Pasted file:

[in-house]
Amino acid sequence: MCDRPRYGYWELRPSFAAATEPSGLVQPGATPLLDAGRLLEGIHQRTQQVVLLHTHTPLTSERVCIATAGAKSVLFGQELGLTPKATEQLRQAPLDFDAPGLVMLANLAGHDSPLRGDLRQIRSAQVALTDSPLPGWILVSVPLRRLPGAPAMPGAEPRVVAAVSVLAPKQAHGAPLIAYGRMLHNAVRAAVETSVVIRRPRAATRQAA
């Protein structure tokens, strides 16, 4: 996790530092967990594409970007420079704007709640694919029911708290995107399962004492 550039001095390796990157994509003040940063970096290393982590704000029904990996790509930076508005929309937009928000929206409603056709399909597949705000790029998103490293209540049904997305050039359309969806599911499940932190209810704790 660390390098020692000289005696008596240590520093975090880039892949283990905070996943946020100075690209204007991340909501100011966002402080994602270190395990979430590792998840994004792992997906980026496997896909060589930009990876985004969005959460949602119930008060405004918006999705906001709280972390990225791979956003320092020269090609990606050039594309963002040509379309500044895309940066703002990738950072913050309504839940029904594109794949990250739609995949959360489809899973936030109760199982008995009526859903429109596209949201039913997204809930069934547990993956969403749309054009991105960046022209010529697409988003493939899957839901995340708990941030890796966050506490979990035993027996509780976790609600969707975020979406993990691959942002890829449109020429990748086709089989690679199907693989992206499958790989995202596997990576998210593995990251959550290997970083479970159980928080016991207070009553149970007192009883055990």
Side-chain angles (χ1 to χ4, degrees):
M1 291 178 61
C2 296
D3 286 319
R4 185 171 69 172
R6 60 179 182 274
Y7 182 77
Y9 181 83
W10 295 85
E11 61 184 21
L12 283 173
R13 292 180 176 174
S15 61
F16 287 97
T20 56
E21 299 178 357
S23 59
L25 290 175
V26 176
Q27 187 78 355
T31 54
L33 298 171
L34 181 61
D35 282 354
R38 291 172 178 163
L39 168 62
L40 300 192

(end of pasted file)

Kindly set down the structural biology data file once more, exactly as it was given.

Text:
[in-house]
Amino acid sequence: MCDRPRYGYWELRPSFAAATEPSGLVQPGATPLLDAGRLLEGIHQRTQQVVLLHTHTPLTSERVCIATAGAKSVLFGQELGLTPKATEQLRQAPLDFDAPGLVMLANLAGHDSPLRGDLRQIRSAQVALTDSPLPGWILVSVPLRRLPGAPAMPGAEPRVVAAVSVLAPKQAHGAPLIAYGRMLHNAVRAAVETSVVIRRPRAATRQAA
């Protein structure tokens, strides 16, 4: 996790530092967990594409970007420079704007709640694919029911708290995107399962004492 550039001095390796990157994509003040940063970096290393982590704000029904990996790509930076508005929309937009928000929206409603056709399909597949705000790029998103490293209540049904997305050039359309969806599911499940932190209810704790 660390390098020692000289005696008596240590520093975090880039892949283990905070996943946020100075690209204007991340909501100011966002402080994602270190395990979430590792998840994004792992997906980026496997896909060589930009990876985004969005959460949602119930008060405004918006999705906001709280972390990225791979956003320092020269090609990606050039594309963002040509379309500044895309940066703002990738950072913050309504839940029904594109794949990250739609995949959360489809899973936030109760199982008995009526859903429109596209949201039913997204809930069934547990993956969403749309054009991105960046022209010529697409988003493939899957839901995340708990941030890796966050506490979990035993027996509780976790609600969707975020979406993990691959942002890829449109020429990748086709089989690679199907693989992206499958790989995202596997990576998210593995990251959550290997970083479970159980928080016991207070009553149970007192009883055990």
Side-chain angles (χ1 to χ4, degrees):
M1 291 178 61
C2 296
D3 286 319
R4 185 171 69 172
R6 60 179 182 274
Y7 182 77
Y9 181 83
W10 295 85
E11 61 184 21
L12 283 173
R13 292 180 176 174
S15 61
F16 287 97
T20 56
E21 299 178 357
S23 59
L25 290 175
V26 176
Q27 187 78 355
T31 54
L33 298 171
L34 181 61
D35 282 354
R38 291 172 178 163
L39 168 62
L40 300 192